Advocating for human trafficking close to home

Words by Ashton Vogelhuber

 

Human trafficking is modern day slavery and involves the use of force, fraud or coercion to obtain some type of labor or commercial sex act.

This definition comes from the Department of Homeland Security’s website which also describes the type of person traffickers often target as well as provides other resources to recognize key indicators.

In Ohio, Governor Kasich’s Ohio Human Trafficking Task Force provides an overview of state and federal anti-trafficking laws found below. 

The Governor’s Ohio Human Trafficking Task Force was formed to marshal the resources of the State of Ohio to coordinate efforts to identify victims, create a coordinated law enforcement system to investigate and prosecute human trafficking crimes and provide the services and treatment necessary for victims to regain control of their lives, stated on their website.

In January 2017, the task force submitted the report below to the Governor. The report includes data, strategies and what the task force has seen or done since the previous report was submitted in 2015. 

The Polaris Project was founded in 2002 and is a nonprofit based in Washington D.C. They aim to help guide people held in slavery to freedom in many ways. They have a four-part model that details how the organization achieves this mission.

Part one is to serve victims and survivors through a 24/7 National Human Trafficking Hotline and coordinate with referral partners nationwide as a national access point for trauma-informed support.

Part two is building one of the largest public data sets on human trafficking in the United States.

Part three revolves around designing strategies that change entire systems tailored to specific sub-types of trafficking and specific industries.

Part four enlists law enforcement and other public and private-sector partners to move those strategies into the real world to support survivors and prevent and disrupt human trafficking at scale.

The Polaris Project also published a fact sheet about the 2000 Trafficking Victims’ Protection Act, TVPA, which is below. 

There are dozens of advocacy groups and human trafficking coalitions in the state of Ohio, a map can be found on the Ohio Human Trafficking Task Force’s website, but on Kent State’s campus there’s a chapter of the International Justice Mission that’s striving to end modern day slavery.

The International Justice Mission, IJM, is a nonprofit global organization based in Washington D.C. that’s dedicated to ending modern day slavery. They work to rescue slaves, put slave owners in jail and end slave trade for good.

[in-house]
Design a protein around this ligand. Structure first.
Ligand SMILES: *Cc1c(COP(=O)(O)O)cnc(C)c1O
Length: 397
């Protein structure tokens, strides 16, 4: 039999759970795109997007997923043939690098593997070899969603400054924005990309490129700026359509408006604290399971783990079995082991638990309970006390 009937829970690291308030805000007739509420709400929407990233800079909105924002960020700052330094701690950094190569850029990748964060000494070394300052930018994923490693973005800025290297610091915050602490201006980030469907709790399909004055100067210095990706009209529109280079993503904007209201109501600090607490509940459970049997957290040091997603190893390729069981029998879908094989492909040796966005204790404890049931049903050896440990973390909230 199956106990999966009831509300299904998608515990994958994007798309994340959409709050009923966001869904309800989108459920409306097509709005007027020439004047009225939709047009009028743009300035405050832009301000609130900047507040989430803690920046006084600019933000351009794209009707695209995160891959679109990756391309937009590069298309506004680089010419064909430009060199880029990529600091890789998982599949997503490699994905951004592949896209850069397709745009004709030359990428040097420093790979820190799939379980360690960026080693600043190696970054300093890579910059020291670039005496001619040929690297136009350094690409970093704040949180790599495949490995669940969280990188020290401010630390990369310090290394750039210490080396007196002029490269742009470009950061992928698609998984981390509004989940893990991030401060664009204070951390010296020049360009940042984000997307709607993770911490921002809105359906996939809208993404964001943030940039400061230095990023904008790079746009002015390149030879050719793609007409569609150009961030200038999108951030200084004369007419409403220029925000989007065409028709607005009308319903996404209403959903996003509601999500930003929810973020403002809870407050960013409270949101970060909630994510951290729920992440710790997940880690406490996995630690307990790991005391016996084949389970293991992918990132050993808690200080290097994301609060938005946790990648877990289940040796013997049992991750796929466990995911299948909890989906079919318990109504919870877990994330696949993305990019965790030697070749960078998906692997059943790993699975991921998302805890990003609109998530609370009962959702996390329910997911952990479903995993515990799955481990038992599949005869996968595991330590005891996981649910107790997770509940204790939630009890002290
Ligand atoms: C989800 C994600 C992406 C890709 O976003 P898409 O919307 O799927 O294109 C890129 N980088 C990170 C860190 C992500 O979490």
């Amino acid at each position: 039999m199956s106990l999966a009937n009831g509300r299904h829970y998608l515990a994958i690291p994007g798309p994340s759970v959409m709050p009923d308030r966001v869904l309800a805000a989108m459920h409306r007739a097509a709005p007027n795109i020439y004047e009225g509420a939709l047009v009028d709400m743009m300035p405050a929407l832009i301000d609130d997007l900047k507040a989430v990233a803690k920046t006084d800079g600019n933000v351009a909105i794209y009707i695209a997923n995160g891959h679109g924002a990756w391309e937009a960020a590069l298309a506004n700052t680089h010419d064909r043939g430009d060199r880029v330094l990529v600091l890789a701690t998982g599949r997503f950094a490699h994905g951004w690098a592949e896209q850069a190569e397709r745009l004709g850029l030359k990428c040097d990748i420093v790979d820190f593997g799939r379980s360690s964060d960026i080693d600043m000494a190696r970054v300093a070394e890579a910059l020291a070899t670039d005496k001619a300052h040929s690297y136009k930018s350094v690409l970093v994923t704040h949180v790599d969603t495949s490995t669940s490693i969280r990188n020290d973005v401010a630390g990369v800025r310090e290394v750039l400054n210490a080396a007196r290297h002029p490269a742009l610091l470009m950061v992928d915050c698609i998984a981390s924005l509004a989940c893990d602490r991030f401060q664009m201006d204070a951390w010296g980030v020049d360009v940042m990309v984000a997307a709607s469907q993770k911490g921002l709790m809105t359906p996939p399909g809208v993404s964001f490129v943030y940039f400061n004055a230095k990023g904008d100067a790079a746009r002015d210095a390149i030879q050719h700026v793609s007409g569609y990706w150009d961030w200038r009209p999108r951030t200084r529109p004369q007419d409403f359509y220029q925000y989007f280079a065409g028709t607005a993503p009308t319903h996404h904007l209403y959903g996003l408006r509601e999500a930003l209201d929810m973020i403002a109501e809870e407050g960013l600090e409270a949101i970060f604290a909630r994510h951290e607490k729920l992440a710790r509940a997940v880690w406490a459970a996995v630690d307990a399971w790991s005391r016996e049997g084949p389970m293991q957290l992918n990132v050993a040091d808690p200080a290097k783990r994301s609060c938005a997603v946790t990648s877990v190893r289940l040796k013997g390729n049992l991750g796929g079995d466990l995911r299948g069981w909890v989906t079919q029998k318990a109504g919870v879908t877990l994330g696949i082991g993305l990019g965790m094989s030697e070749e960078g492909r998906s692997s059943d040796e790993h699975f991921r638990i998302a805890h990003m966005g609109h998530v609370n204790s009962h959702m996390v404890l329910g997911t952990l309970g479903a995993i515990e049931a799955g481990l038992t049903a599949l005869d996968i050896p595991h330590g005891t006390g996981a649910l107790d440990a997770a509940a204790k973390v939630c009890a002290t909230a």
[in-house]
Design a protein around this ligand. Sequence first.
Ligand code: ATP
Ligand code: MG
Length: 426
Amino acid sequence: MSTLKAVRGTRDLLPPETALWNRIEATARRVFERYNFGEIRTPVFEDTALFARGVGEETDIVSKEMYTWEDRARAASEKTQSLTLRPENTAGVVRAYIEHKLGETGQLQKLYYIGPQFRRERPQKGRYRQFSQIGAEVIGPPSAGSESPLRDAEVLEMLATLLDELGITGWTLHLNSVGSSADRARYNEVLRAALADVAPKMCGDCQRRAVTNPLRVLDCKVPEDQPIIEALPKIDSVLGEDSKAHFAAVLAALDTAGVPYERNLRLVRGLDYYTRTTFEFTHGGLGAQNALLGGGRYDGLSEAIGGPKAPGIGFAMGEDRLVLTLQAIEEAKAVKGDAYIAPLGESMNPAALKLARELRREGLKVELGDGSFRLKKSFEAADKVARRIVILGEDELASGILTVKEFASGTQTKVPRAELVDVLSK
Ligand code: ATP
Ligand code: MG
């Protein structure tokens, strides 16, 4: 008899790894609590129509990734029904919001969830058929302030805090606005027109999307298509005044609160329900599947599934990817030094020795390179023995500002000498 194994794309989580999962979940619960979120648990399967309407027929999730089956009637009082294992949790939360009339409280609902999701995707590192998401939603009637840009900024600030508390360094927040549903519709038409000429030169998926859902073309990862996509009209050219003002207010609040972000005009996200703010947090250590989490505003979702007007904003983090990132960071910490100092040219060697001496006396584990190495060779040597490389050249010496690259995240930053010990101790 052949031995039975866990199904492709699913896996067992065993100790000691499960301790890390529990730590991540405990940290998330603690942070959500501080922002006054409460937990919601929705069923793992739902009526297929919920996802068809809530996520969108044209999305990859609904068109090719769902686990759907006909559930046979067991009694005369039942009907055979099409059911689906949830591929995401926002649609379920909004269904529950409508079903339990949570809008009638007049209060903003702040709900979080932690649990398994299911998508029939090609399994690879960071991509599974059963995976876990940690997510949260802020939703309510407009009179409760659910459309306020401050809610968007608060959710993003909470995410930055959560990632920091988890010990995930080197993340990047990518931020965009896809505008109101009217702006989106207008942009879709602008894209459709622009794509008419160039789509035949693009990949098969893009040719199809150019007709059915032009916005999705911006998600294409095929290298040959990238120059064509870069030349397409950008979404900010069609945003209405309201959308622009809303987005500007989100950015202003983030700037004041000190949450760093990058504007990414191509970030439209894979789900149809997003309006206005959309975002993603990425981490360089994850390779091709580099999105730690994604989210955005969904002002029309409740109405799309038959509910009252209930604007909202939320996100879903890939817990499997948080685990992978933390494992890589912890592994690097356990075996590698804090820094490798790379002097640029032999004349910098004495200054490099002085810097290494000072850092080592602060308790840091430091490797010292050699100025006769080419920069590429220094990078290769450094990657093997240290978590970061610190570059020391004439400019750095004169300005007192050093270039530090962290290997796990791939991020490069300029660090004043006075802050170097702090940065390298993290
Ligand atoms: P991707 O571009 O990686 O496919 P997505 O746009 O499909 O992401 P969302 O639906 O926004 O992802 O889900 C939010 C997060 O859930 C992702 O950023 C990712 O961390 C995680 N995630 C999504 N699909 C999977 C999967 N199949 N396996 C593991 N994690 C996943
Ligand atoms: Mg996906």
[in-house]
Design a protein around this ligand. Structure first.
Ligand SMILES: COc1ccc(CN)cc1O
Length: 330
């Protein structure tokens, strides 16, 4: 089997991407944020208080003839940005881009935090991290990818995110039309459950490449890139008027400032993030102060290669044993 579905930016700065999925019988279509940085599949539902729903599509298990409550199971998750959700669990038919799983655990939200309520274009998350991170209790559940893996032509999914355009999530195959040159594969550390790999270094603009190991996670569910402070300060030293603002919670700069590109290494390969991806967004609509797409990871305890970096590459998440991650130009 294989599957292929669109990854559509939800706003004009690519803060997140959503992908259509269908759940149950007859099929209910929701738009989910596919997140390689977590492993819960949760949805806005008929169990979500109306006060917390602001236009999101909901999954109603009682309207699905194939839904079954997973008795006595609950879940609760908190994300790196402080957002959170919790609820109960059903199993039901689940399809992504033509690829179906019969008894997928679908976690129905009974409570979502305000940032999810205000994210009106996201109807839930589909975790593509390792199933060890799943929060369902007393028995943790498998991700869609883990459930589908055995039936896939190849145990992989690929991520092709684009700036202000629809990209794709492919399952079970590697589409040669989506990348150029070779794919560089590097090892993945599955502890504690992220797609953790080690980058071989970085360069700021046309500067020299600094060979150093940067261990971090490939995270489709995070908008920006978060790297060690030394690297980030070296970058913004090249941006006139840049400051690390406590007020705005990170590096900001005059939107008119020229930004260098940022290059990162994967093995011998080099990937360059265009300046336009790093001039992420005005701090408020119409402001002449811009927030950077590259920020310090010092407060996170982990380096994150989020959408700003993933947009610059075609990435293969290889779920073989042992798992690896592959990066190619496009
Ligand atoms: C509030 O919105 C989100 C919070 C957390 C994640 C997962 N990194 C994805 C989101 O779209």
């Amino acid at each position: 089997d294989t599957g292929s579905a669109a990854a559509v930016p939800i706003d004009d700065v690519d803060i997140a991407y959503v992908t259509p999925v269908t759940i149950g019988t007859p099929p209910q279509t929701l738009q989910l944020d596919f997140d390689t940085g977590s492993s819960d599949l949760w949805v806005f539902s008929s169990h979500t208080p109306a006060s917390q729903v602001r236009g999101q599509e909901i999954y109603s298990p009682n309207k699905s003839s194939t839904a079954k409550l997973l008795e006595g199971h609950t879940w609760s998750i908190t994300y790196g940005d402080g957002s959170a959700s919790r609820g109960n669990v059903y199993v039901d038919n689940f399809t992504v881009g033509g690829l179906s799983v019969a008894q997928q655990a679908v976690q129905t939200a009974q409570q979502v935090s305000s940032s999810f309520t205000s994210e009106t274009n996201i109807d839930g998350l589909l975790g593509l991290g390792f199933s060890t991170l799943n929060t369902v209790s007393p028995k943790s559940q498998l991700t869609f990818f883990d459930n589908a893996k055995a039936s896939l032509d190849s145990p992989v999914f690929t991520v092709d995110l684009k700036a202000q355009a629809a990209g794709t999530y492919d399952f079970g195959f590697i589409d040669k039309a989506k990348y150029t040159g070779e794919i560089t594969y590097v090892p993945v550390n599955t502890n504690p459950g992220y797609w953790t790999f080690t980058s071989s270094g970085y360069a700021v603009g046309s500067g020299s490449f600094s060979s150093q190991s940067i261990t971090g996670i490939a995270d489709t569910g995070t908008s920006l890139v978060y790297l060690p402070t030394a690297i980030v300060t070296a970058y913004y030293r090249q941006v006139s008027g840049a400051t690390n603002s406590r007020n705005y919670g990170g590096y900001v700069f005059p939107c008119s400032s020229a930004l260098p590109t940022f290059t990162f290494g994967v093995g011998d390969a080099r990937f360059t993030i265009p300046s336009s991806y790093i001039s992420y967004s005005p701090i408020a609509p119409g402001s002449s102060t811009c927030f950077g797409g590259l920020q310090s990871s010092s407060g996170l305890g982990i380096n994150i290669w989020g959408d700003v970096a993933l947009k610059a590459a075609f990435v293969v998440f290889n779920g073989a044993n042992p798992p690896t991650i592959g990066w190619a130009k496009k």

IJM supports those suffering from land theft, sex trafficking, police abuse of power, citizenship rights abuse, sexual violence against children and forced labor slavery.

IJM’s endeavors, strategies and impact can be found in this fact sheet provided on their website. 

Their mission is carried out across the globe, but it’s also being carried out nationally on college campuses. Delaney Cordova is the president of IJM’s chapter at Kent State University.

Cordova has been involved with Kent’s chapter of IJM since her first year at the university.

“Freshman year I didn’t know what I wanted to do with my path,” Cordova said. “I decided after seeing IJM and getting involved I wanted to help victims of human trafficking and work for a nonprofit like IJM or something local.”

Kent’s chapter is directly affiliated with its global faith-based nonprofit parent organization.
“We focus on the advocacy, prayer and fundraising side of things,” Cordova said. “We do campaigns directly with headquarters where we get to go there and learn from them doing leadership training and global prayer gatherings.”

On Kent’s campus, they’re dedicated to hands-on approaches and events.

“We contact our congressmen and congresswomen to help pass laws or different initiatives,” Cordova said. “We also do different events where students get to use their talents or passions to find a creative way of involving people on campus and in our community to teach them about human trafficking.”

Cordova said that not a lot of people know that human trafficking exists right in Ohio and even right around Kent and Akron.

“Every large event that we do we reach hundreds of people telling them about IJM and about human trafficking who may not have known before,” she said.

Right now, the chapter is doing a month-long event called No Slave November.

 

Delaney Cordova with her “Until All Are Free” shirt

“It’s an entire month of wearing our campus chapter shirts which say ‘Until All Are Free’ every day so people notice and ask us questions,” Cordova said. “We tell them about what IJM does and get the conversation started.”

There are also events scattered throughout the month like their Freedom Fast. The fast is an IJM headquarters event that involves a 24-hour fast, a 24-hour prayer time and asking people to donate $24.

“The money goes to fund rescue missions that headquarters does,” Cordova said.

Other events include a worship night, potluck dinner to end the fast, a documentary screening and a street corner stand in.

“We went to downtown Kent around dinner time with our shirts, signs and flyers and talked to people,” Cordova said. “The point of it is to stand on the street corners with the women all over the world who are standing on street corners being prostituted every single night.”

To end the No Slave November event, they hold a Night of Hope, an open event where people can walk around tables and see what IJM Kent is doing as well as what headquarters is doing. It includes success stories that both the chapter and headquarters has had throughout the year.

Before No Slave November, Kent’s IJM chapter held an event called the Red Sand Project. Hear Cordova explain the event in the audio clip below. 

 

“Human trafficking is a big issue that happens closer to home than people realize,” Cordova said.